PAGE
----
At crunch time, the disciples denied Jesus and fled in fear. Their spirits were willing, but their flesh indeed was weak

If the disciples who walked with Jesus, witnessing all His mighty deeds and being first-hand hearers of His teachings, fell when tempted, what makes us think that we won’t fall? What makes us think that we are immune to unbelief?

He digs in deeper

Christ the sure and steady anchor,

While the tempest rages on;

When temptation claims the battle,

And it seems the night has won.

Deeper still then goes the anchor,

Though I justly stand accused;

I will hold fast to the anchor,

It shall never be removed.

In the midst of this raging sea of suffering, guilt and unbelief, the song reminds us that we will be left stranded in that pit of hopelessness unless we turn our faces away from that never-ending trench of ‘self’ to an anchor on the opposite end — an anchor that shall never be removed.

In verse 3, the songwriters remind us that our anchor is a Person who proved His love forever on the hill of Calvary, when He — the Son of God — was hung on a cross, betrayed and rejected, despised and murdered. The offence of men was laid on the Son of God, so that those who stood justly accused before the true Judge could yet be justified, thanks to His sacrifice on the cross.

Our anchor is a Person who proved His love forever on the hill of Calvary, when He was hung on a cross and murdered for our sakes

And no matter how hard the tempest rages, Christ, who is our anchor, is able to root in deeper. We change; our circumstances change; our emotions vary and get the better of us. But Christ does not change. He remains faithful. He who promised to keep those whom He has received from the Father is faithful to His promises (John 10:27-28; 17:20-25). The downtrodden, the rejected, the persecuted and the hopeless can all cling to this anchor in repentance, assured that He will keep His promise till the end. His grace is truly sufficient!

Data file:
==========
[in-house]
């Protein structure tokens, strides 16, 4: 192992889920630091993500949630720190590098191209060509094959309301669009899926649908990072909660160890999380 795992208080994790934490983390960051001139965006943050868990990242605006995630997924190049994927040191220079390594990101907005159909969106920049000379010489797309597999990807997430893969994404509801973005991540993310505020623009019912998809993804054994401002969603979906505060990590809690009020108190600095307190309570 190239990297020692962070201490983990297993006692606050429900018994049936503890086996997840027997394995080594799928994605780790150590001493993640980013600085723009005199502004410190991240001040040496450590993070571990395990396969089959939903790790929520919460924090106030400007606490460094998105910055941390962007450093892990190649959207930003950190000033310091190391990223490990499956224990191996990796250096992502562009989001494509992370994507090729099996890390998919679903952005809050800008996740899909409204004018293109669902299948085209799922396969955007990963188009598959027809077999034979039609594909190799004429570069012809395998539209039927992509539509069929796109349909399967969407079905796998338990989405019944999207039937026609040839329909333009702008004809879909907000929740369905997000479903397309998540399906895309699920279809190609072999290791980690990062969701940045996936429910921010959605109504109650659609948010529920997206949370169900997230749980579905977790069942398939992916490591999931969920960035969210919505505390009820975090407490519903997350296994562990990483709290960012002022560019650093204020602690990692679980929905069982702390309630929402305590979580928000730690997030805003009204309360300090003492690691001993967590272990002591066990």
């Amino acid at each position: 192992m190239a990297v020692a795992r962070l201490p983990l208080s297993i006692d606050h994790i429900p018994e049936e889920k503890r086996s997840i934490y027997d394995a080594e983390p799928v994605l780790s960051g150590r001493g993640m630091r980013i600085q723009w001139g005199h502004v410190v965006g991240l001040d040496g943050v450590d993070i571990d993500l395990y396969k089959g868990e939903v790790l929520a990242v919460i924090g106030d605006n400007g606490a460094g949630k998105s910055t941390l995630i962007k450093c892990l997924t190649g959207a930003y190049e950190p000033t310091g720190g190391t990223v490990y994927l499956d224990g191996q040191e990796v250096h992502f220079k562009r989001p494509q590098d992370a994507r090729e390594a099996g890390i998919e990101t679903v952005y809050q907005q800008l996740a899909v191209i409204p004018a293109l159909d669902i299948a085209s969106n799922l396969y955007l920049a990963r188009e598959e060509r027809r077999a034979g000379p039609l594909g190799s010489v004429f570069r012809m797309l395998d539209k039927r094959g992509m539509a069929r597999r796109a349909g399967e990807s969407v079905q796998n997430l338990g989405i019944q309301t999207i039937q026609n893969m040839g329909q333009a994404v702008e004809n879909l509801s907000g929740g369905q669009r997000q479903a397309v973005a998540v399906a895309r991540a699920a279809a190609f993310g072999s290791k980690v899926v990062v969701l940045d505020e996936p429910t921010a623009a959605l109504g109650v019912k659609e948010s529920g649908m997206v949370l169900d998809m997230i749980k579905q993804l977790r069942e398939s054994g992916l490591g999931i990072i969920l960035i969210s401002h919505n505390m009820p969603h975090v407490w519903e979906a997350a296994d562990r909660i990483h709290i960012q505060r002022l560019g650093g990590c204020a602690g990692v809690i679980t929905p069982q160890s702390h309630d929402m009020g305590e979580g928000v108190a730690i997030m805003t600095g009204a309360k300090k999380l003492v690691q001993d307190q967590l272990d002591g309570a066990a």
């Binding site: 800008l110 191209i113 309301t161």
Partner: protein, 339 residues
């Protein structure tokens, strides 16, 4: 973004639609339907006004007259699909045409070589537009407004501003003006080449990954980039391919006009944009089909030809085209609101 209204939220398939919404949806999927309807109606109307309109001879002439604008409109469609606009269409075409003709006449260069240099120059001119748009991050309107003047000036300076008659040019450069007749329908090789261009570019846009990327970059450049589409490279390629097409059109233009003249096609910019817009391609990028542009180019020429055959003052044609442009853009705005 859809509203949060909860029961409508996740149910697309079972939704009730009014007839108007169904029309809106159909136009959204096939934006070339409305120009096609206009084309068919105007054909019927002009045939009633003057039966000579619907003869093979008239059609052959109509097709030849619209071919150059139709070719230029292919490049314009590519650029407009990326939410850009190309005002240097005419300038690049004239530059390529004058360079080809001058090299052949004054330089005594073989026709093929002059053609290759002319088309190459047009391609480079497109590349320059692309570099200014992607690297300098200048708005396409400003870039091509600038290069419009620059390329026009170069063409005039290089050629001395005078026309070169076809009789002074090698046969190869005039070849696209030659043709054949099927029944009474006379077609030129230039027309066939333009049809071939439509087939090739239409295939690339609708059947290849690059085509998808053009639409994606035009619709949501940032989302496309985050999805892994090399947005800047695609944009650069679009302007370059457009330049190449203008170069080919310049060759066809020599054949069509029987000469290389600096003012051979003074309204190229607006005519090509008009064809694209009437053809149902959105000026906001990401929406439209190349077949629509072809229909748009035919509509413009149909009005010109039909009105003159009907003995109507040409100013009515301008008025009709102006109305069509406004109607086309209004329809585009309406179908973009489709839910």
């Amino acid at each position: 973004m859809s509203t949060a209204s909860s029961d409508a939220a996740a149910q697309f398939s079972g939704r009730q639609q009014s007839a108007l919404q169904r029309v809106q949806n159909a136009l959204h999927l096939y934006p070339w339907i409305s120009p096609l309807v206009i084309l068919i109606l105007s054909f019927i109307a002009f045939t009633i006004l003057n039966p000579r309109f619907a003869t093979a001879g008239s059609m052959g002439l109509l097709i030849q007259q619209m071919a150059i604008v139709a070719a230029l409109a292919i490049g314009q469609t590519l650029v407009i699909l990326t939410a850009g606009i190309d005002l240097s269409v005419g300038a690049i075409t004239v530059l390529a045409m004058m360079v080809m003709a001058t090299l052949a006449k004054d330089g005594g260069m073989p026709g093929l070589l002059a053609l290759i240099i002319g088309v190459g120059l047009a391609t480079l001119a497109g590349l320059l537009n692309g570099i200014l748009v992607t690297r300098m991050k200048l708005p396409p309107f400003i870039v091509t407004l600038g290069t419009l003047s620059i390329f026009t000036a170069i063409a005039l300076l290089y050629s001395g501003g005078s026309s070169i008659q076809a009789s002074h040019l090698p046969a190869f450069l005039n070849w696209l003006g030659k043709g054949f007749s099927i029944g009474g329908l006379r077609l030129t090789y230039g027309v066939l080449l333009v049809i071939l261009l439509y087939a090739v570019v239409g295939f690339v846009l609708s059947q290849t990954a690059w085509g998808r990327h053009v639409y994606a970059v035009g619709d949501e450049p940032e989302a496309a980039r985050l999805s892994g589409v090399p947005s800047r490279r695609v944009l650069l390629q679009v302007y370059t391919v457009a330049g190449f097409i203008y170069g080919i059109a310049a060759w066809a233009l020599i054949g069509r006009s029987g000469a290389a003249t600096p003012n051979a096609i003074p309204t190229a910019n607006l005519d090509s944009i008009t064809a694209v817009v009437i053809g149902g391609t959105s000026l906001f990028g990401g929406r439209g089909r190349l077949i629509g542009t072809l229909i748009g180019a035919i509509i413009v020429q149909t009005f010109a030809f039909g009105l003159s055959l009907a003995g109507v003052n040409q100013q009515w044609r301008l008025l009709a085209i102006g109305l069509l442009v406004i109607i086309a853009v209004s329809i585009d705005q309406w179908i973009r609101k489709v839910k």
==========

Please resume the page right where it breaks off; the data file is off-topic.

Beyond the uncertain

The temptations we face and the trials we endure are not the end of the story. They are but the means to something much greater: the promised glory. For those who look not to the things that are seen, but the things that are unseen, this light momentary affliction — whatever it may look like in each of our lives — is preparing for us an eternal weight of glory beyond all comparison (2 Corinthians 4:17-18).

Christians are not left to fight the raging storms alone, but it is God who works in and through us, sustaining us till we cross that great horizon, where there will be no pain, no sorrow and no uncertainties. He who began a good work will bring it to completion on that day (Philippians 1:6), and we can rest in the fact that our endurance in faith is ultimately in the hands of God.

Therefore, we can confidently sing along with the many who have endured before us,

Clouds behind and life secure;

And the calm will be the better,

For the storms that we endure.

We will hold fast to the anchor,

It shall never be removed.

Darren Stanly

About Darren Stanly